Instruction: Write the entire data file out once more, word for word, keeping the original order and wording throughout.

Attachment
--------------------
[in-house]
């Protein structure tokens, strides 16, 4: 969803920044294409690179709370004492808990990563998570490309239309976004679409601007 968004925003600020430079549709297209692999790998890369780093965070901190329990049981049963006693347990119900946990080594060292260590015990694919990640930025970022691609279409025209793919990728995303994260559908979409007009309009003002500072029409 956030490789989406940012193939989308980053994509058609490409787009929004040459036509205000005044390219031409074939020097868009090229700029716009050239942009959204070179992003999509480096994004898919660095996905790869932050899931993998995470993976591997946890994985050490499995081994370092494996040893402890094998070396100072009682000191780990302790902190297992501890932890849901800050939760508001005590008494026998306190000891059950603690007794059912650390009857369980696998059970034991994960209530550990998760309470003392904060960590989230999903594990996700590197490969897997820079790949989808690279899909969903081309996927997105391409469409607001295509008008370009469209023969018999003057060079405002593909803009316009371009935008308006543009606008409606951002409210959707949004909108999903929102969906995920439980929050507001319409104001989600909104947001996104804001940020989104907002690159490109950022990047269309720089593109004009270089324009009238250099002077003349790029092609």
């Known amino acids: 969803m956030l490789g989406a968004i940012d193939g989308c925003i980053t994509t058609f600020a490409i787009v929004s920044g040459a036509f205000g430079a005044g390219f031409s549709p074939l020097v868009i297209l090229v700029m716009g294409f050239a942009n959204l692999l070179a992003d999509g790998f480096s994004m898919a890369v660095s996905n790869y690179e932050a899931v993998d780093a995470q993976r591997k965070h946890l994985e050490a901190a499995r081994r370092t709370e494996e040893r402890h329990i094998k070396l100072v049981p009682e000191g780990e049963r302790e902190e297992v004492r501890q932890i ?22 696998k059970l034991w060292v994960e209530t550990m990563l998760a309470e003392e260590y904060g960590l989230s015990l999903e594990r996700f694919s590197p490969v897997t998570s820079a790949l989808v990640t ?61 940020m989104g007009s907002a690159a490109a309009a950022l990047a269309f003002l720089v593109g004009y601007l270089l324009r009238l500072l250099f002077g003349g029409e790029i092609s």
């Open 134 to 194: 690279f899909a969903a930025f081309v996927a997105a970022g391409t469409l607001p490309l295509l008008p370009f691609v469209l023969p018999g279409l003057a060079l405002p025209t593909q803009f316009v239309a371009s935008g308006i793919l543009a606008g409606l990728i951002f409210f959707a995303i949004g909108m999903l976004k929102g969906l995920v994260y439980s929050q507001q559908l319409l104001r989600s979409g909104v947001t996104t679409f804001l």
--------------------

[in-house]
């Protein structure tokens, strides 16, 4: 969803920044294409690179709370004492808990990563998570490309239309976004679409601007 968004925003600020430079549709297209692999790998890369780093965070901190329990049981049963006693347990119900946990080594060292260590015990694919990640930025970022691609279409025209793919990728995303994260559908979409007009309009003002500072029409 956030490789989406940012193939989308980053994509058609490409787009929004040459036509205000005044390219031409074939020097868009090229700029716009050239942009959204070179992003999509480096994004898919660095996905790869932050899931993998995470993976591997946890994985050490499995081994370092494996040893402890094998070396100072009682000191780990302790902190297992501890932890849901800050939760508001005590008494026998306190000891059950603690007794059912650390009857369980696998059970034991994960209530550990998760309470003392904060960590989230999903594990996700590197490969897997820079790949989808690279899909969903081309996927997105391409469409607001295509008008370009469209023969018999003057060079405002593909803009316009371009935008308006543009606008409606951002409210959707949004909108999903929102969906995920439980929050507001319409104001989600909104947001996104804001940020989104907002690159490109950022990047269309720089593109004009270089324009009238250099002077003349790029092609």
């Known amino acids: 969803m956030l490789g989406a968004i940012d193939g989308c925003i980053t994509t058609f600020a490409i787009v929004s920044g040459a036509f205000g430079a005044g390219f031409s549709p074939l020097v868009i297209l090229v700029m716009g294409f050239a942009n959204l692999l070179a992003d999509g790998f480096s994004m898919a890369v660095s996905n790869y690179e932050a899931v993998d780093a995470q993976r591997k965070h946890l994985e050490a901190a499995r081994r370092t709370e494996e040893r402890h329990i094998k070396l100072v049981p009682e000191g780990e049963r302790e902190e297992v004492r501890q932890i ?22 696998k059970l034991w060292v994960e209530t550990m990563l998760a309470e003392e260590y904060g960590l989230s015990l999903e594990r996700f694919s590197p490969v897997t998570s820079a790949l989808v990640t ?61 940020m989104g007009s907002a690159a490109a309009a950022l990047a269309f003002l720089v593109g004009y601007l270089l324009r009238l500072l250099f002077g003349g029409e790029i092609s």
């Open 134 to 194: 690279f899909a969903a930025f081309v996927a997105a970022g391409t469409l607001p490309l295509l008008p370009f691609v469209l023969p018999g279409l003057a060079l405002p025209t593909q803009f316009v239309a371009s935008g308006i793919l543009a606008g409606l990728i951002f409210f959707a995303i949004g909108m999903l976004k929102g969906l995920v994260y439980s929050q507001q559908l319409l104001r989600s979409g909104v947001t996104t679409f804001l």